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I don't want to beat a dead horse.. But the reason why they are neglected because people in 19th-century think that they are inferior with the sonatas of Beethoven (which is bs, btw), too long (bs, again), unpianistic (bs) and too intimate. Schumann criticized the last three piano sonatas in that regard, while Brahms was fascinated with them.

It's actually Schnabel who championed the sonatas in 20th century and he was the first to play the whole D.958, D.959 and D.960 sonatas in a recital. We should be thankful to him! What a great guy..

In my part, I prefer Schubert's sonatas to Beethoven, while the last one in B-flat major is my all-time favorite piano piece..
 
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@hiltroll

I know what I'm saying..

From Wikipedia:


Furthermore, like the rest of Schubert's piano sonatas, they were mostly neglected during the entire 19th century, and have only gradually achieved public appreciation, after more than 100 years since their composition.

One of the reasons for the long period of neglect of Schubert's piano sonatas seem to be their dismissal as structurally and dramatically inferior when compared to the famous sonatas of Beethoven....

Schubert's piano sonatas seem to have been mostly neglected during the entire nineteenth century, often dismissed for being too long, lacking in formal coherence, being un-pianistic, etc.... Schumann, the last sonatas' dedicatee, reviewed the works in his Neue Zeitschrift für Musik in 1838, upon their publication. He seems to have been largely disappointed by the sonatas, criticizing their "much greater simplicity of invention" and Schubert's "voluntary renunciation of shining novelty, where he usually sets himself such high standards", and claiming the sonatas "ripple along from page to page as if without end, never in doubt as to how to continue, always musical and singable, interrupted here and there by stirrings of some vehemence which, however, are rapidly stilled". Schumann's criticism seems to fit the general negative attitude maintained towards these works during the nineteenth century.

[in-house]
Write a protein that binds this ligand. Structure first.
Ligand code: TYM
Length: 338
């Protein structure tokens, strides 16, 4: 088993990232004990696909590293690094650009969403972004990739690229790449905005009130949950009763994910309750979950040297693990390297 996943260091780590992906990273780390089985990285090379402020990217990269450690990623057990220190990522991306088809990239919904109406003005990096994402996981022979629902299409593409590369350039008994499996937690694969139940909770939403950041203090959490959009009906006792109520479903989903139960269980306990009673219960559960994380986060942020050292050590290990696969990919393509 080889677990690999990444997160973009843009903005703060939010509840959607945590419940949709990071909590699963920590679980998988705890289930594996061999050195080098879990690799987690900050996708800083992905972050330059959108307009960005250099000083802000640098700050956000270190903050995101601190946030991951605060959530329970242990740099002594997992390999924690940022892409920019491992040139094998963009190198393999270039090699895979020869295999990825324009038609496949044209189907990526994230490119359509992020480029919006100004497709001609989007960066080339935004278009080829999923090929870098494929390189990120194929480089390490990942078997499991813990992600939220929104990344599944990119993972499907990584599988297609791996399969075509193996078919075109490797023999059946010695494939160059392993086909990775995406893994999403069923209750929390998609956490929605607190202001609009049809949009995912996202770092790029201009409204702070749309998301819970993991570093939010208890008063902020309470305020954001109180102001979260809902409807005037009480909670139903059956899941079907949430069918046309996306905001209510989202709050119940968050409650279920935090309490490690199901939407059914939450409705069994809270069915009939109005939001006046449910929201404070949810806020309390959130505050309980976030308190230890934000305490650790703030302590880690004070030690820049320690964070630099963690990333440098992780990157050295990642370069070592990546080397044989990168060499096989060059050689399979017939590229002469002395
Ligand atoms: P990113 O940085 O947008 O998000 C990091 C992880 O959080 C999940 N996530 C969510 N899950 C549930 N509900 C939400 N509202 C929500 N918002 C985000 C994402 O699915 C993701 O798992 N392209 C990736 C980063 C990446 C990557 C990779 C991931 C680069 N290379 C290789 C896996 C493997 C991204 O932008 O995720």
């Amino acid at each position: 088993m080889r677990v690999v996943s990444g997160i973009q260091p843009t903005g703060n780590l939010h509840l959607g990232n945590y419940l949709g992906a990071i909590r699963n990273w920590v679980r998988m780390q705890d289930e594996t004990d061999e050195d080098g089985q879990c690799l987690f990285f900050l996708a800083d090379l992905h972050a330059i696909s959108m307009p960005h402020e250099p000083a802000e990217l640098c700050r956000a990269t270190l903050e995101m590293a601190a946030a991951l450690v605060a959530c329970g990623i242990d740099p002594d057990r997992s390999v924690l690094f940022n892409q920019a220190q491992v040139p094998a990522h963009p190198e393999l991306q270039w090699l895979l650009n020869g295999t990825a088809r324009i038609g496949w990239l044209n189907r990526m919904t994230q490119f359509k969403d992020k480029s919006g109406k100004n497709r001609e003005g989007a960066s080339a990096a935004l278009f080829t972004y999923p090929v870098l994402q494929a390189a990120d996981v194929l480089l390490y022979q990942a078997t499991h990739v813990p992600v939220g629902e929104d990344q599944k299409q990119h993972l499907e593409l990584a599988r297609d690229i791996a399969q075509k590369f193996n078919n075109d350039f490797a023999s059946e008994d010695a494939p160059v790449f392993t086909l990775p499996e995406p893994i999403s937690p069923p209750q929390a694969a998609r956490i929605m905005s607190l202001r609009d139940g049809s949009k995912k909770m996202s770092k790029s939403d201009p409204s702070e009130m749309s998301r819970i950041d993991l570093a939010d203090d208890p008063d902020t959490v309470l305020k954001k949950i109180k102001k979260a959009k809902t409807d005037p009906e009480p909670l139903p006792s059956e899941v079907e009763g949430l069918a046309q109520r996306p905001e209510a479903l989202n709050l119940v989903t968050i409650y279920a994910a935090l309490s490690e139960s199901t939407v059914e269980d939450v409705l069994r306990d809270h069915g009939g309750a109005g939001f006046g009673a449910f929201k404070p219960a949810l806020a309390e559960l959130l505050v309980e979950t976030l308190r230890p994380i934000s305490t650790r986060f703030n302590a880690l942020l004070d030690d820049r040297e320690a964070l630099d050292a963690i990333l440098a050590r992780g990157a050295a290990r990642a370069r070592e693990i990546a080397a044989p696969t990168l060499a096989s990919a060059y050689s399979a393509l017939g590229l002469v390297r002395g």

Read more here:

The fairly lengthy article discuss how Schubert's B-flat major influenced Brahms, the championing of Schnabel, the issue of repeats, comparison with Beethoveen and etc..
 
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